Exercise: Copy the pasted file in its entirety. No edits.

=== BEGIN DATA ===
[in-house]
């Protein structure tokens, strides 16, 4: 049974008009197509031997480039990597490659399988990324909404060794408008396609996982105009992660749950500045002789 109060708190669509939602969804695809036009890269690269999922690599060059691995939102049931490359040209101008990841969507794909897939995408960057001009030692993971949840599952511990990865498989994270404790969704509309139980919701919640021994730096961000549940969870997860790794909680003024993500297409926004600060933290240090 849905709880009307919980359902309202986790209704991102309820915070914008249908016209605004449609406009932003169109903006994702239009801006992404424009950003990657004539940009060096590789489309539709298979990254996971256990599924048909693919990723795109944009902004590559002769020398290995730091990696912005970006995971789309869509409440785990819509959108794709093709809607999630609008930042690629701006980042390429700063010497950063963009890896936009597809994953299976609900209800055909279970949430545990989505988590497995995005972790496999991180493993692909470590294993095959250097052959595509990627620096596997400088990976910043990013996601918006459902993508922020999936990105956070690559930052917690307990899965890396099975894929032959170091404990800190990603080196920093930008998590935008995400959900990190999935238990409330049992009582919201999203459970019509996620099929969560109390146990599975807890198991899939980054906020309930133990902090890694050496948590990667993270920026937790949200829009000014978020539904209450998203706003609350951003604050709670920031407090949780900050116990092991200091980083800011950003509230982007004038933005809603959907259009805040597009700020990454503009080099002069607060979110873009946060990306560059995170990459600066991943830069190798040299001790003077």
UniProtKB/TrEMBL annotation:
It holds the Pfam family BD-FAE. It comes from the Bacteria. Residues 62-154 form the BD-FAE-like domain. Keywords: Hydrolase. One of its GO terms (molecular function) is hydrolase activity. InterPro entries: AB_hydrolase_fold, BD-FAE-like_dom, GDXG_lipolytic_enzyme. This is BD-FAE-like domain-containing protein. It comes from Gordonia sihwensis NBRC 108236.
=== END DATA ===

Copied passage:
[in-house]
């Protein structure tokens, strides 16, 4: 049974008009197509031997480039990597490659399988990324909404060794408008396609996982105009992660749950500045002789 109060708190669509939602969804695809036009890269690269999922690599060059691995939102049931490359040209101008990841969507794909897939995408960057001009030692993971949840599952511990990865498989994270404790969704509309139980919701919640021994730096961000549940969870997860790794909680003024993500297409926004600060933290240090 849905709880009307919980359902309202986790209704991102309820915070914008249908016209605004449609406009932003169109903006994702239009801006992404424009950003990657004539940009060096590789489309539709298979990254996971256990599924048909693919990723795109944009902004590559002769020398290995730091990696912005970006995971789309869509409440785990819509959108794709093709809607999630609008930042690629701006980042390429700063010497950063963009890896936009597809994953299976609900209800055909279970949430545990989505988590497995995005972790496999991180493993692909470590294993095959250097052959595509990627620096596997400088990976910043990013996601918006459902993508922020999936990105956070690559930052917690307990899965890396099975894929032959170091404990800190990603080196920093930008998590935008995400959900990190999935238990409330049992009582919201999203459970019509996620099929969560109390146990599975807890198991899939980054906020309930133990902090890694050496948590990667993270920026937790949200829009000014978020539904209450998203706003609350951003604050709670920031407090949780900050116990092991200091980083800011950003509230982007004038933005809603959907259009805040597009700020990454503009080099002069607060979110873009946060990306560059995170990459600066991943830069190798040299001790003077």
UniProtKB/TrEMBL annotation:
It holds the Pfam family BD-FAE. It comes from the Bacteria. Residues 62-154 form the BD-FAE-like domain. Keywords: Hydrolase. One of its GO terms (molecular function) is hydrolase activity. InterPro entries: AB_hydrolase_fold, BD-FAE-like_dom, GDXG_lipolytic_enzyme. This is BD-FAE-like domain-containing protein. It comes from Gordonia sihwensis NBRC 108236.